The AK Party and the elections
In the elections, the Justice and Development Party (AK Party) won in 60 percent of all metropolises, 59 percent of all cities, and 61 percent of all villages. The main opposition Republican People’s Party (CHP) won in 20 percent of all metropolises, 15 percent of all cities, and 17 percent of all villages. The Nationalist Movement Party (MHP) won in 10 percent of metropolises, 9 percent of cities, and 11 percent of villages. The Peace and Democracy Party (BDP) won in 7 percent of metropolises, 15 percent of cities, and 7 percent of villages. There has to be a reason behind the AK Party’s 60 percent success rate, beyond the platitudes offered in the media. The March 30 elections marked not only a success for the AK Party, but also an unprecedented rate of participation in the elections. This is not simply the result of a successful election campaign. It is the result of a maturing AK Party identity in Turkey.
The AK Party has become the primary party in all seven regions in Turkey. It was able to go toe to toe with the CHP in the Aegean region - due to alliances between the CHP and MHP. In all other regions, there was at least a 10 percent difference between the AK Party and its closest competitor. This difference was 31 percent in the Black Sea, 25 percent in Central Anatolia, 12 percent in Southeast Anatolia, 11 percent in Eastern Anatolia, and 10 percent in the Mediterranean. The AK Party’s share, compared to the 2009 results, increased in 74 cities, while it decreased only in seven.
What this landscape tells us is that the AK Party is the only party that cuts across all political lines in Turkey. Turkey’s “unity” is ensured by the AK Party’s constituents. This is why there have been dramatic increases in AK Party votes at times when it seemed like the country was on the cusp of a crisis. It is only natural that the AK Party, which is able to reach all identities and regions of the country, is the one that fills the lack of stability and security that still haunts the social imagination.
Let’s set aside the absurd 55 percent (the total gained by all other parties) analysis and the peculiar practice of comparing local and general election results for now. What needs to be made clear is that if the AK Party, which has emerged victorious from all the elections it has entered, wins its fourth general elections, it will write history as the country’s dominant party. That is to say, the AK Party now shoulders the responsibility for assuaging all of Turkey’s democratization pains. At this point, as can be evinced from the results of the elections, a few desperate opposition actors are not strong enough to shoulder this burden. This is not really surprising. The problem is that the pressures of this landscape have been reflected in the democratization process. While this situation delays democratization, it gradually strengthens the fault lines that unite the AK Party but divide the opposition.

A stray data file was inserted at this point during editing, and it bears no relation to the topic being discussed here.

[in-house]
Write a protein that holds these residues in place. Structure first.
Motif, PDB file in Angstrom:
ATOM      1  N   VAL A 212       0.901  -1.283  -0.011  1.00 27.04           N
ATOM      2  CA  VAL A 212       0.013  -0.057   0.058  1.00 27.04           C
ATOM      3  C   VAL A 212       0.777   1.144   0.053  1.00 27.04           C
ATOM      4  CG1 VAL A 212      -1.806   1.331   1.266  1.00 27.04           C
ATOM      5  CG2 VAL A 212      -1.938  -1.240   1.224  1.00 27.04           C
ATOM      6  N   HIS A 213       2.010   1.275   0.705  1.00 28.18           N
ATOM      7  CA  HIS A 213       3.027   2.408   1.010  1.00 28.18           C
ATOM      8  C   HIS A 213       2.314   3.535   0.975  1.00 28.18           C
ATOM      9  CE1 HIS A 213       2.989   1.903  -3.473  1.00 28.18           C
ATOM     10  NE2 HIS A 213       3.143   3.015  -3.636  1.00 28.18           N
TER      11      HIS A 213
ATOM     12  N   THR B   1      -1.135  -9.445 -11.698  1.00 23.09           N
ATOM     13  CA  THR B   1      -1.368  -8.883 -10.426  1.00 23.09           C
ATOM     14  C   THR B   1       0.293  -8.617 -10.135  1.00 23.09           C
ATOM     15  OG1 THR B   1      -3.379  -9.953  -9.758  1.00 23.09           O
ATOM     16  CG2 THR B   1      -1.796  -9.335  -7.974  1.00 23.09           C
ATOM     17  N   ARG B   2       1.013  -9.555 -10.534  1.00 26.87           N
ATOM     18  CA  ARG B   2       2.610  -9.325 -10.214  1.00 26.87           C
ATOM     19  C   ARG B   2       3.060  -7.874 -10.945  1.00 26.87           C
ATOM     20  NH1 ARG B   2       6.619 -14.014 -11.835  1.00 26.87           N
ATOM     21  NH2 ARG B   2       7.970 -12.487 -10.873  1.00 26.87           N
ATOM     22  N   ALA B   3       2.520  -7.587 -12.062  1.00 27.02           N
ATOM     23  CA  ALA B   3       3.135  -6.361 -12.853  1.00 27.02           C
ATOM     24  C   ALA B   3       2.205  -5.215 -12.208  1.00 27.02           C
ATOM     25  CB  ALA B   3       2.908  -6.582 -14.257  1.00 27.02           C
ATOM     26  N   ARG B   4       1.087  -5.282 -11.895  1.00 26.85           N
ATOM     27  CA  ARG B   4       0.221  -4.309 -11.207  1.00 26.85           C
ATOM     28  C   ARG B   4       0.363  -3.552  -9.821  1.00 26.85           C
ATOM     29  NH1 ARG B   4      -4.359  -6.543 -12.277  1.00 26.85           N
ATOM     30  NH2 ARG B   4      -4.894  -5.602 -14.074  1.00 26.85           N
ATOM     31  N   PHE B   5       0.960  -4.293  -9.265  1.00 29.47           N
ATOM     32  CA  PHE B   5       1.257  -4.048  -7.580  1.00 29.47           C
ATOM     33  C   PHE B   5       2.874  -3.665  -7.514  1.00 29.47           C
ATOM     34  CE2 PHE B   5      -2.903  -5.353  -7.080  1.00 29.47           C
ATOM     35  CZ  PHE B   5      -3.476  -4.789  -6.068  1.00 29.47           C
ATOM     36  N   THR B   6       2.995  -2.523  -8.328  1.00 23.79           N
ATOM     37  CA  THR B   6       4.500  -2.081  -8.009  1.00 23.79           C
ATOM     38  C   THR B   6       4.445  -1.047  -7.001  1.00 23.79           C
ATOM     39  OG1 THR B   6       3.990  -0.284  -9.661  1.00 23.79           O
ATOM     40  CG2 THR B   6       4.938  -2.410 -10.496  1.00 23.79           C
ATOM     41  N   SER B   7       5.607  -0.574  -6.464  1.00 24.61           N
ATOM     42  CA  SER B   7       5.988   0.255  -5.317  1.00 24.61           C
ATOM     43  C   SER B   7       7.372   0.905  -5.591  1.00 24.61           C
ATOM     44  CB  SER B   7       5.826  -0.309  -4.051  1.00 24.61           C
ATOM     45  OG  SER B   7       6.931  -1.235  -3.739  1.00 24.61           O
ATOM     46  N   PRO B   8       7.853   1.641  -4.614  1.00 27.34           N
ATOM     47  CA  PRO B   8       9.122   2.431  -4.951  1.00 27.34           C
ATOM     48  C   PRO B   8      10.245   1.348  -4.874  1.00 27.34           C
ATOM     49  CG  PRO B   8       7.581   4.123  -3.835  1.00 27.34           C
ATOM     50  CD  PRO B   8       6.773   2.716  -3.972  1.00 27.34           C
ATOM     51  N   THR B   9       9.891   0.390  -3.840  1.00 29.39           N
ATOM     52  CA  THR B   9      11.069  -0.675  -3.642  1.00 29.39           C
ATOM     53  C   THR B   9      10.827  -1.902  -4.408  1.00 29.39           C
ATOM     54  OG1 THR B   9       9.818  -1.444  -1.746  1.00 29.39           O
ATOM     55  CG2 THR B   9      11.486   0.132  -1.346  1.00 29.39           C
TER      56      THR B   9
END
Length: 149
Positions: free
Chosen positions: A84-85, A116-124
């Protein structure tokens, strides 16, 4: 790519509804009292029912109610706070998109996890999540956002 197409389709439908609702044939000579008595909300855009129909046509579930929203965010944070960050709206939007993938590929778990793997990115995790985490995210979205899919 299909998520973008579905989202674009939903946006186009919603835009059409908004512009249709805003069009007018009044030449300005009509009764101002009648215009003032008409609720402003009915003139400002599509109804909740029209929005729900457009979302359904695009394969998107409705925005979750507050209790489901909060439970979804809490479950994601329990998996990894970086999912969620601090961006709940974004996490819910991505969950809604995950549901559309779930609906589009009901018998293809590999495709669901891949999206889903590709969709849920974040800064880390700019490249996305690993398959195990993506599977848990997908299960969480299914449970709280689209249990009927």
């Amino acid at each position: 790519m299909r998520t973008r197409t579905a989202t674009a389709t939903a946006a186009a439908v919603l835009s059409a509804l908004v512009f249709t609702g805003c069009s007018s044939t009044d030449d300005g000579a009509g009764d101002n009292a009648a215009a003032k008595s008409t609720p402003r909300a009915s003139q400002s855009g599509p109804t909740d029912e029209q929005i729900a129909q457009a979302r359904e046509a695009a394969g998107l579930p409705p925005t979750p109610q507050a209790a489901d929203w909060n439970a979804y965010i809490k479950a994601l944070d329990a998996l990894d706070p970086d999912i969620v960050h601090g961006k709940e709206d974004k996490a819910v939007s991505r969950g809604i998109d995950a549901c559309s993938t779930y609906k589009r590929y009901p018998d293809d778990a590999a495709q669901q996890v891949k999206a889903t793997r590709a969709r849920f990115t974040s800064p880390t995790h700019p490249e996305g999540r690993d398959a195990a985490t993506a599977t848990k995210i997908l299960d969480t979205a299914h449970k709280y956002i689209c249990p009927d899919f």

As the results of the March 30 elections reveal, the AK Party is the only party in Turkey’s political history that appeals to all social segments. This, ironically, causes the opposition parties to assume less responsibility for those segments that might have felt marginalized by a less inclusive party. The AK Party continues to do politics without a functioning opposition, as it has become accustomed to.
Nevertheless, this situation has to come to an end, because democratization can only be achieved by changing the Constitution. The opposition can become a national party by supporting the government for this change.